Simply put, this is a wonderful book about compelling and complex women in Montreal at the end of the 19th century. Men in the story are mostly inconsequential, despite some appallingly boorish behaviour. Marie and Sadie are best friends as children, but theirs is a classic love-hate relationship (“Every decent friendship comes with a drop of hatred. But that hatred is like honey in the tea. It makes it addictive”). Marie is spoiled and entitled; Sadie is subversive and dangerous. Ms. O’Neill‘s writing is enchanting with exquisite similes describing disparate worlds: life in a brothel, exploitive factory work (the Squalid Mile). Female relationships are infinitely complex with righteous anger, pettiness and jealousy, and a self-absorbed woman who has no empathy toward other women. Powerful feminist themes abound: the invisibility of marriage, sexual awareness leading to female empowerment. And finally, anticipate a late plot twist and an extraordinary ending. This is O’Neill at her best, a Montreal noir story.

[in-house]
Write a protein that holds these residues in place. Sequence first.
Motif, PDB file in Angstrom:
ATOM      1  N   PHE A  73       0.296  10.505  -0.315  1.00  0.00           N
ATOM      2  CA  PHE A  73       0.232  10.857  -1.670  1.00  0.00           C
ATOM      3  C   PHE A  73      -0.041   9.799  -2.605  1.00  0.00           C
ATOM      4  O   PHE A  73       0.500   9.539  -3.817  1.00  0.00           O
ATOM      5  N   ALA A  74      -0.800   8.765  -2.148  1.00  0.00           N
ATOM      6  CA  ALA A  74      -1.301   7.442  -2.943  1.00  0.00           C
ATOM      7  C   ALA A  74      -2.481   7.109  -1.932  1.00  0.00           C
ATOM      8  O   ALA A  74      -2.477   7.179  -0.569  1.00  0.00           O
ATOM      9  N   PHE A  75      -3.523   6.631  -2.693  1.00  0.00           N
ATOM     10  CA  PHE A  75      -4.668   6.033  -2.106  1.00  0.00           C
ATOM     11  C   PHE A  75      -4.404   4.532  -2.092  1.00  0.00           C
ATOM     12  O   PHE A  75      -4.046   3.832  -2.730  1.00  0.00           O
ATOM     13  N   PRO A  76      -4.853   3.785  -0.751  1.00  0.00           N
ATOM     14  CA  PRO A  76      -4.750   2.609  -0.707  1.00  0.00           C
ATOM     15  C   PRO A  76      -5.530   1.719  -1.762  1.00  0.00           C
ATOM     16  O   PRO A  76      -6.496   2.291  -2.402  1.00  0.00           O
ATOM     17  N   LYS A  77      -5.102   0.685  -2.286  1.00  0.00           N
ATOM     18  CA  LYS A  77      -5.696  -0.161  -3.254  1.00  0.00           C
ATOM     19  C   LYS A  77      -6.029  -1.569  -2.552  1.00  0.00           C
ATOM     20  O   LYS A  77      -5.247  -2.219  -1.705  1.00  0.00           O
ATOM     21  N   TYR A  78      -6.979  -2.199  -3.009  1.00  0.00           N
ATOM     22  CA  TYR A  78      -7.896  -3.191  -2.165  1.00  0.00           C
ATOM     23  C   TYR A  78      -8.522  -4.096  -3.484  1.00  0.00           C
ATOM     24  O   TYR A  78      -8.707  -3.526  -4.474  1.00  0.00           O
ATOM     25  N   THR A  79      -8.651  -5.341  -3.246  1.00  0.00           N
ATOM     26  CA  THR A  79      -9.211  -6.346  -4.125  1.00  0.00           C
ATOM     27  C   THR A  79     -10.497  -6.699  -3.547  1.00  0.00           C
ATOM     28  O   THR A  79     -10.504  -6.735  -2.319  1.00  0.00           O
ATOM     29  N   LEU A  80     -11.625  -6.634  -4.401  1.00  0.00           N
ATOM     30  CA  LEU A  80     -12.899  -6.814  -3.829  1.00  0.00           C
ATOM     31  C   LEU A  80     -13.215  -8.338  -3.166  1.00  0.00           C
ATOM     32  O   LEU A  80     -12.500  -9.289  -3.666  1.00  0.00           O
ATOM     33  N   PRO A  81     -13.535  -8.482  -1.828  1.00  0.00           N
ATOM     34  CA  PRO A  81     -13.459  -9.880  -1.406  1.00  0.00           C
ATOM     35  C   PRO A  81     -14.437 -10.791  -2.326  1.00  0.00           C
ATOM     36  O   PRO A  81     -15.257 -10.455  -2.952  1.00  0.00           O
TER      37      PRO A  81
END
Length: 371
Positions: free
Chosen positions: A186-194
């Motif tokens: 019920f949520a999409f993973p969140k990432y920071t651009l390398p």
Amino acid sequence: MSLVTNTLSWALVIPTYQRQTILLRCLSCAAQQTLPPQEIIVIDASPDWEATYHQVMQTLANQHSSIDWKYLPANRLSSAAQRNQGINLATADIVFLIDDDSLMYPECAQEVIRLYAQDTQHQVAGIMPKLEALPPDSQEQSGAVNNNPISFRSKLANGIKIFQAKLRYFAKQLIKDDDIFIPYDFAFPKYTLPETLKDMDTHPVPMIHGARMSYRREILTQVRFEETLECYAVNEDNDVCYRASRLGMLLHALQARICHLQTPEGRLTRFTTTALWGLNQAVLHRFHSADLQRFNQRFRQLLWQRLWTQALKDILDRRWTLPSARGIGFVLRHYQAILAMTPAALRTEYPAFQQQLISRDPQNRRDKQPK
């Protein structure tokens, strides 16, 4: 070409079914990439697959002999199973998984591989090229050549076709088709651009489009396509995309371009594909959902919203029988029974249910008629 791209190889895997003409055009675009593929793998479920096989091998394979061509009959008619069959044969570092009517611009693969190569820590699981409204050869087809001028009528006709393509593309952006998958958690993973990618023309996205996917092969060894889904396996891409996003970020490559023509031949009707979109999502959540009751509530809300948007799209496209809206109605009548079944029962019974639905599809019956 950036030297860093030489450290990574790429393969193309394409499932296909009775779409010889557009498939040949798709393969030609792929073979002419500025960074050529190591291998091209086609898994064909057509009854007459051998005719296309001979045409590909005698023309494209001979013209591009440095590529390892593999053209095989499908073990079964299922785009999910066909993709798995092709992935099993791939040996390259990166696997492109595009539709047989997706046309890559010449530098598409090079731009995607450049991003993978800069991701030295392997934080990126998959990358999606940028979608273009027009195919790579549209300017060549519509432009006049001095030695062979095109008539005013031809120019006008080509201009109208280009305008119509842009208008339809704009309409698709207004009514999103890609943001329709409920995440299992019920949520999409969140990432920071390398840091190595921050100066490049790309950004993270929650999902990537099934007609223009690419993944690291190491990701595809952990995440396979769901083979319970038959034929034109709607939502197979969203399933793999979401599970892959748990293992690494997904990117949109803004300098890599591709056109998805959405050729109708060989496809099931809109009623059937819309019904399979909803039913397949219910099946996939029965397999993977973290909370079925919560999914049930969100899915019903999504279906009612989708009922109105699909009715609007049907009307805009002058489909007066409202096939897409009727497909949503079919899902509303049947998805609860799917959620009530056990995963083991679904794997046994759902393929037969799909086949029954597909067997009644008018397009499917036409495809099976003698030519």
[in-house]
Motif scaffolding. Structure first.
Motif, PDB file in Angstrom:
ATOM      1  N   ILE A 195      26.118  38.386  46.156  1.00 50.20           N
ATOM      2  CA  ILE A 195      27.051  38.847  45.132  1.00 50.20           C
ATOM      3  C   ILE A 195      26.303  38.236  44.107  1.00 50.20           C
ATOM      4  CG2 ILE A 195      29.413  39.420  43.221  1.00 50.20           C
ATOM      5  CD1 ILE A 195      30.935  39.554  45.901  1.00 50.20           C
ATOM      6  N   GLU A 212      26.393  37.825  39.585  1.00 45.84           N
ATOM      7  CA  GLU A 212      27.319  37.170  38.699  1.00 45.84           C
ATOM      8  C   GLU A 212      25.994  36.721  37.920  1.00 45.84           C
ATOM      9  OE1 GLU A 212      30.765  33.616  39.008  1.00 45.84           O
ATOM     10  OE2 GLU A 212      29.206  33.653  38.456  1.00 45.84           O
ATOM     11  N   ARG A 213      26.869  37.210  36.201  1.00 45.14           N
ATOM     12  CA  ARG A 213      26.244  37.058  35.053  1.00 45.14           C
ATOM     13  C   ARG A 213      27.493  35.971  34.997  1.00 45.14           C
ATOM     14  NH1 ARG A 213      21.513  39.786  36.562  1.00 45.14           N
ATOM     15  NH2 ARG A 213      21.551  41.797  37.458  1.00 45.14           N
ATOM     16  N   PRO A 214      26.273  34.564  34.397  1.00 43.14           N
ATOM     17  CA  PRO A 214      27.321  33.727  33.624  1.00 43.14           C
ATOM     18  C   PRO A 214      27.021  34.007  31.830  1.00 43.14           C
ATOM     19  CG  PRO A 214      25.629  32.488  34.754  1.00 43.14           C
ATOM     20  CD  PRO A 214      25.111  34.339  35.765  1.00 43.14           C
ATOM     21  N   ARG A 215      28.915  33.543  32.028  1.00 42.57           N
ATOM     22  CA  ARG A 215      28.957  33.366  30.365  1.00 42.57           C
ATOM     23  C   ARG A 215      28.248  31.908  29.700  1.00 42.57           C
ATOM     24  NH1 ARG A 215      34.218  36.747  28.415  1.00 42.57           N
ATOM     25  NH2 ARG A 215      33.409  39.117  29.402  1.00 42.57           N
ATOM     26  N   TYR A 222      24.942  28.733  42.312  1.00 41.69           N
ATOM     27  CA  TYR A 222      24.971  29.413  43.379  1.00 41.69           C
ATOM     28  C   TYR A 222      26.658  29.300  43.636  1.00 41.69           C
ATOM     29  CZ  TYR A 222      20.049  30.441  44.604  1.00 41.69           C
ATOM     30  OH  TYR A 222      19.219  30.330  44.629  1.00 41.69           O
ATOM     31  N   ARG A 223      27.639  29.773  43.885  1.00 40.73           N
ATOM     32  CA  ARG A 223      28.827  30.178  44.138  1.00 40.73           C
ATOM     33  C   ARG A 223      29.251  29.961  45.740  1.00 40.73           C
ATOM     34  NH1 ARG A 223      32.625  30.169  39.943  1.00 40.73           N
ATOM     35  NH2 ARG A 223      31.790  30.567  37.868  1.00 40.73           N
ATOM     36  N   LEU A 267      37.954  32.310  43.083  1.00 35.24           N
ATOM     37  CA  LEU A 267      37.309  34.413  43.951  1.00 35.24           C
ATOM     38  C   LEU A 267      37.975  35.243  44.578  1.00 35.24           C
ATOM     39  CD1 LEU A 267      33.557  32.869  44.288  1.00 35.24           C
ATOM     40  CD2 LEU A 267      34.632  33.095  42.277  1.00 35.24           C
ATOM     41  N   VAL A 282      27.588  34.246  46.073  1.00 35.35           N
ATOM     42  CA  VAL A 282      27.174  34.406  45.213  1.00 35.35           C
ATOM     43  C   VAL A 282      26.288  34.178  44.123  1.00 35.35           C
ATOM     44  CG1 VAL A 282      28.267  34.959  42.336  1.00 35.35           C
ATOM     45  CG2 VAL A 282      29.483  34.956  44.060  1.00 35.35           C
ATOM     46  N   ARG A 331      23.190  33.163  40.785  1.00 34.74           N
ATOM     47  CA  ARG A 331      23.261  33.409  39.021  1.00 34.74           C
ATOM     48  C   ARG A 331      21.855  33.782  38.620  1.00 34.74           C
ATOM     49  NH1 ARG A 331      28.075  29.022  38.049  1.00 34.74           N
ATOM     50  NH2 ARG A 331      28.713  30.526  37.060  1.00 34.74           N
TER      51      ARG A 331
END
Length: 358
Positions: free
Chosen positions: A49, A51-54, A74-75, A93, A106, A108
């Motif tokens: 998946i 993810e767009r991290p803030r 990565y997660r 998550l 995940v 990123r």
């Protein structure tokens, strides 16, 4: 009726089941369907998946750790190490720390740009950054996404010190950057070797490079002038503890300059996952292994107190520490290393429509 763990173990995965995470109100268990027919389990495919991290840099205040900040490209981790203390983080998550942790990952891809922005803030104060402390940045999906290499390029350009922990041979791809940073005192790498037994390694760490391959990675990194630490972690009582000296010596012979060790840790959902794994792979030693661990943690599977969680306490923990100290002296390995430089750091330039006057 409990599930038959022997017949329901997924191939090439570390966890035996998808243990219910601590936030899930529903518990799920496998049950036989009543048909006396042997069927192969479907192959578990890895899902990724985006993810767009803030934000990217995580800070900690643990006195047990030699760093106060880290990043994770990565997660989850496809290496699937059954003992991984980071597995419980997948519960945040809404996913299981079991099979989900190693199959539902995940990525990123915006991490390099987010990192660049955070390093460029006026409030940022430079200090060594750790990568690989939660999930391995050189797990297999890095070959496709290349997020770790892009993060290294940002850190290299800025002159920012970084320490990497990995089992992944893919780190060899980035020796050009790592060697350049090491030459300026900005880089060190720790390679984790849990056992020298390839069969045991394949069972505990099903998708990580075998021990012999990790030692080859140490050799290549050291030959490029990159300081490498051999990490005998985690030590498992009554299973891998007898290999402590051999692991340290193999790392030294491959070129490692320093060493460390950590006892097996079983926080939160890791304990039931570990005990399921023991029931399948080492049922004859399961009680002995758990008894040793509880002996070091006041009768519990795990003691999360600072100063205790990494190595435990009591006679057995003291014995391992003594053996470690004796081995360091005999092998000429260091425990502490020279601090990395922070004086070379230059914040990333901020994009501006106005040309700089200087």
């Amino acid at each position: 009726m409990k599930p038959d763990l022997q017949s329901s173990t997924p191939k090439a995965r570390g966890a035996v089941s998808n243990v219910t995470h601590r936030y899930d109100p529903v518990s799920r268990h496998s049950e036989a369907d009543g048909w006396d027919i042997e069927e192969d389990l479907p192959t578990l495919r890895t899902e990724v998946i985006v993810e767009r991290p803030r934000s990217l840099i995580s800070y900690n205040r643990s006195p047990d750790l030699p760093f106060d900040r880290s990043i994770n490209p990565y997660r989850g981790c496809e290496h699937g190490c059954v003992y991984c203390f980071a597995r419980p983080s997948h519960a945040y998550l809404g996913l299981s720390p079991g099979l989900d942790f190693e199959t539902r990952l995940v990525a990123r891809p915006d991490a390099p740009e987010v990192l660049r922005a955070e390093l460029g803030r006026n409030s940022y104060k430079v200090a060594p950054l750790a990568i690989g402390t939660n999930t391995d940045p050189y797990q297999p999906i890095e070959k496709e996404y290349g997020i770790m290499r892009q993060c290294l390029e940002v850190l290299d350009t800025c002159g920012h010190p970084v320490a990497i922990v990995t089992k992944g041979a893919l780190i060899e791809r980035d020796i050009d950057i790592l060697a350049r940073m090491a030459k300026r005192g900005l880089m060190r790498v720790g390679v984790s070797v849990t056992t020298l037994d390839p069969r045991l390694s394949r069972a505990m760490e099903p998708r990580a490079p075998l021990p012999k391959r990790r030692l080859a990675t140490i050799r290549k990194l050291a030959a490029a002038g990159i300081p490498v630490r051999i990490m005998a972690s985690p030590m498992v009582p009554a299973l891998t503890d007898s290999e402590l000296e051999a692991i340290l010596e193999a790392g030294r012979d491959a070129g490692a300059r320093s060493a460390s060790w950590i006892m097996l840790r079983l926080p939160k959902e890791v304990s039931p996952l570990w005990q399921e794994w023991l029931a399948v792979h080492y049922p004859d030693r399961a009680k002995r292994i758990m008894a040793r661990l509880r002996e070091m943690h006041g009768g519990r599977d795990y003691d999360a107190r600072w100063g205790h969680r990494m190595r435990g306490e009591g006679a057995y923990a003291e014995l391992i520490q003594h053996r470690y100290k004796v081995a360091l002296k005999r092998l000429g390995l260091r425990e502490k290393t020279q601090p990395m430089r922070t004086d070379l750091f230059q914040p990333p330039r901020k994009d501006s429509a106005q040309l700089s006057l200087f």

O’Neill is a wonderfully descriptive writer of places and people, with sensational metaphors. This new novel is about two orphans who endure terrible hardships while growing up in Montreal from 1915–25: poverty and abuse and then the depression. Much of the story is about vice (such a good word) in Montreal with an extension to New York in the 30s. The two principal characters, Pierrot and Rose, are both flawed and endearing, while dealing with fate and opportunity. This may be my favourite of all O’Neill’s novels.
Wonderful storytelling of the remarkable relationship between two siblings, Nouschka and Nicolas, who have grown up without parental love: a physically absent mother and an emotionally absent father. O’Neill captures the francophone world on Montreal in 1995, leading up to the separation vote. The sibling relationship is amazingly close but they are moving in different directions: Nouschka is going forward and Nicolas is stuck in the present/past. Wonderful writing, especially the metaphors!